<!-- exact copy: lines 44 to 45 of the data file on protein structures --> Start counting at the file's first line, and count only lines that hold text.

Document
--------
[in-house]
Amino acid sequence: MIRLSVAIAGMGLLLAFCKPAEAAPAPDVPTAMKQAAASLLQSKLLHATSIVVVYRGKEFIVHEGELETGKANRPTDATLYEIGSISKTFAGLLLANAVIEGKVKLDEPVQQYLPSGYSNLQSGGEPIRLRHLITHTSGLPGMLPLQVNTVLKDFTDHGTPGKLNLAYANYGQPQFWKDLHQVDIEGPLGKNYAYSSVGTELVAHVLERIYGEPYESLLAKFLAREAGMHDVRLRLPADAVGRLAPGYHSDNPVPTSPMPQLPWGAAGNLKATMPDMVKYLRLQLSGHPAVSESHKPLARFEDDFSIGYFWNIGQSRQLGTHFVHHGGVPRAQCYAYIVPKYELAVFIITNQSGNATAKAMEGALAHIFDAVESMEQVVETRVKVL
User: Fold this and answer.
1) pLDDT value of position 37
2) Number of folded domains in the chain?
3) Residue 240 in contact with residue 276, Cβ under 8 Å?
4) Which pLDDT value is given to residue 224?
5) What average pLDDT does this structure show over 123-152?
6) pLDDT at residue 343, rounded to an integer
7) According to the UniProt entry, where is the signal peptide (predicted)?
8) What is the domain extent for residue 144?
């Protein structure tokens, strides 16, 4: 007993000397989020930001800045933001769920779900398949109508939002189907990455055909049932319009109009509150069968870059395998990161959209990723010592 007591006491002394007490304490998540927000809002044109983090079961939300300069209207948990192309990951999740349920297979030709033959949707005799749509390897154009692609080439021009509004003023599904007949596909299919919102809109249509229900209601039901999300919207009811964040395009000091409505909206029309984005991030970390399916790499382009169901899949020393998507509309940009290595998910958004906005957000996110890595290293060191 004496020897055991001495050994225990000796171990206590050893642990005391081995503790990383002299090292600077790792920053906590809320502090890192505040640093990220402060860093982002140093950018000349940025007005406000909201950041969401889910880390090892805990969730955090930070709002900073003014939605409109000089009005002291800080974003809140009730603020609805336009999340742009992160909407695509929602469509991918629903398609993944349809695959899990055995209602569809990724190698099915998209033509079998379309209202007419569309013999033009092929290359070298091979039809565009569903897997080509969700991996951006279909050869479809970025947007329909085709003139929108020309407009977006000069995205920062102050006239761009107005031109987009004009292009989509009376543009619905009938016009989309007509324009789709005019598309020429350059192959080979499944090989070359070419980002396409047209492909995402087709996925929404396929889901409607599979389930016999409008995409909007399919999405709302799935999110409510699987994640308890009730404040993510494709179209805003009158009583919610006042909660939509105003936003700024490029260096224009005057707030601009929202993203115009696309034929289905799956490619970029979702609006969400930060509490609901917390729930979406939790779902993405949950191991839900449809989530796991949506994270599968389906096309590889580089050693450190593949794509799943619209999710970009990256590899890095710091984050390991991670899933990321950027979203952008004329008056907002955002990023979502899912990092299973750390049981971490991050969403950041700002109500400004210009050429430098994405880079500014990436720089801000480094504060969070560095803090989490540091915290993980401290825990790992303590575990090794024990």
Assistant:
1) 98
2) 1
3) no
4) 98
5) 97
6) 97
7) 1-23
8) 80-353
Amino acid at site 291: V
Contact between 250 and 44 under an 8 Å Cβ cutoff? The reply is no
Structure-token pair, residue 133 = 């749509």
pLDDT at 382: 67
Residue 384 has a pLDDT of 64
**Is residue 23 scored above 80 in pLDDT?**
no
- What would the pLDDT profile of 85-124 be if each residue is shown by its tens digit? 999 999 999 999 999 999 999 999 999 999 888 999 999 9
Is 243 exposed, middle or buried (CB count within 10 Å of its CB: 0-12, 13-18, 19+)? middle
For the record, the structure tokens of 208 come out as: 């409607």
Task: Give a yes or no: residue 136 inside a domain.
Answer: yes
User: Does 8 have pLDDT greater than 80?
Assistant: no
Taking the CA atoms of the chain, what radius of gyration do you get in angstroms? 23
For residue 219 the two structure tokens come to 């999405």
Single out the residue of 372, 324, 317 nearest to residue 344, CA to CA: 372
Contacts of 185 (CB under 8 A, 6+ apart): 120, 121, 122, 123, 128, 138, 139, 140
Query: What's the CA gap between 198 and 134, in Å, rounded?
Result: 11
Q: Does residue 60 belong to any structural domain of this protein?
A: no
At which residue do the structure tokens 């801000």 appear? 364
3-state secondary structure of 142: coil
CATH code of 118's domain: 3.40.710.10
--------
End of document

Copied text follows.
At which residue do the structure tokens 């801000």 appear? 364
3-state secondary structure of 142: coil